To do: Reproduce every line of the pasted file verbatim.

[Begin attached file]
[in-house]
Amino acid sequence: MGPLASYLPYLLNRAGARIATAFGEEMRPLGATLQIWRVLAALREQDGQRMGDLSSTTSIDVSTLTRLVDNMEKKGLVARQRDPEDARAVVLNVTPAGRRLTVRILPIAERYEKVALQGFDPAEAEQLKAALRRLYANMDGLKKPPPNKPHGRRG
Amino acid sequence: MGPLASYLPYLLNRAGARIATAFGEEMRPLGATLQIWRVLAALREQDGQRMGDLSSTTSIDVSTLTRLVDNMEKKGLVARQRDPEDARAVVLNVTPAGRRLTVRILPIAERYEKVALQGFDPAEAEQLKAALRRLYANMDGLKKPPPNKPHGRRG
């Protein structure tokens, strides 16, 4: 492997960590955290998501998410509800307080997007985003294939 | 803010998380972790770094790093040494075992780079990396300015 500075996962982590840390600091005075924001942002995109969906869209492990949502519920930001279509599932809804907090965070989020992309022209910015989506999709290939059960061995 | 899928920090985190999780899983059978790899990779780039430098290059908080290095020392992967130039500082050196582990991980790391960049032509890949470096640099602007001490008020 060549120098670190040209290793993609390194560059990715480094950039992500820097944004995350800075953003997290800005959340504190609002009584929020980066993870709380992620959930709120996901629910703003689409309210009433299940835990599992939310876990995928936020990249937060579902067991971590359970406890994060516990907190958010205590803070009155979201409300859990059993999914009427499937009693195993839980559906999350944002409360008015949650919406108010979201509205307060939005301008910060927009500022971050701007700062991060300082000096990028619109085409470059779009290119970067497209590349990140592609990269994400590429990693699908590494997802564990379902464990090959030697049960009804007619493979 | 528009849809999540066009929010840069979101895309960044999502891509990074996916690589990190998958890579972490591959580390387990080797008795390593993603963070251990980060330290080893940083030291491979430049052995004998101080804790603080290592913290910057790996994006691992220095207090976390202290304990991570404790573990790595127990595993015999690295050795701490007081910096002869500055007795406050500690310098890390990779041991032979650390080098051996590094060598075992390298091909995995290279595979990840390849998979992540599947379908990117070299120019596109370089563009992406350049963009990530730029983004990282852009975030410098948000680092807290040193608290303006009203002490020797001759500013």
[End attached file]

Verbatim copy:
[in-house]
Amino acid sequence: MGPLASYLPYLLNRAGARIATAFGEEMRPLGATLQIWRVLAALREQDGQRMGDLSSTTSIDVSTLTRLVDNMEKKGLVARQRDPEDARAVVLNVTPAGRRLTVRILPIAERYEKVALQGFDPAEAEQLKAALRRLYANMDGLKKPPPNKPHGRRG
Amino acid sequence: MGPLASYLPYLLNRAGARIATAFGEEMRPLGATLQIWRVLAALREQDGQRMGDLSSTTSIDVSTLTRLVDNMEKKGLVARQRDPEDARAVVLNVTPAGRRLTVRILPIAERYEKVALQGFDPAEAEQLKAALRRLYANMDGLKKPPPNKPHGRRG
């Protein structure tokens, strides 16, 4: 492997960590955290998501998410509800307080997007985003294939 | 803010998380972790770094790093040494075992780079990396300015 500075996962982590840390600091005075924001942002995109969906869209492990949502519920930001279509599932809804907090965070989020992309022209910015989506999709290939059960061995 | 899928920090985190999780899983059978790899990779780039430098290059908080290095020392992967130039500082050196582990991980790391960049032509890949470096640099602007001490008020 060549120098670190040209290793993609390194560059990715480094950039992500820097944004995350800075953003997290800005959340504190609002009584929020980066993870709380992620959930709120996901629910703003689409309210009433299940835990599992939310876990995928936020990249937060579902067991971590359970406890994060516990907190958010205590803070009155979201409300859990059993999914009427499937009693195993839980559906999350944002409360008015949650919406108010979201509205307060939005301008910060927009500022971050701007700062991060300082000096990028619109085409470059779009290119970067497209590349990140592609990269994400590429990693699908590494997802564990379902464990090959030697049960009804007619493979 | 528009849809999540066009929010840069979101895309960044999502891509990074996916690589990190998958890579972490591959580390387990080797008795390593993603963070251990980060330290080893940083030291491979430049052995004998101080804790603080290592913290910057790996994006691992220095207090976390202290304990991570404790573990790595127990595993015999690295050795701490007081910096002869500055007795406050500690310098890390990779041991032979650390080098051996590094060598075992390298091909995995290279595979990840390849998979992540599947379908990117070299120019596109370089563009992406350049963009990530730029983004990282852009975030410098948000680092807290040193608290303006009203002490020797001759500013």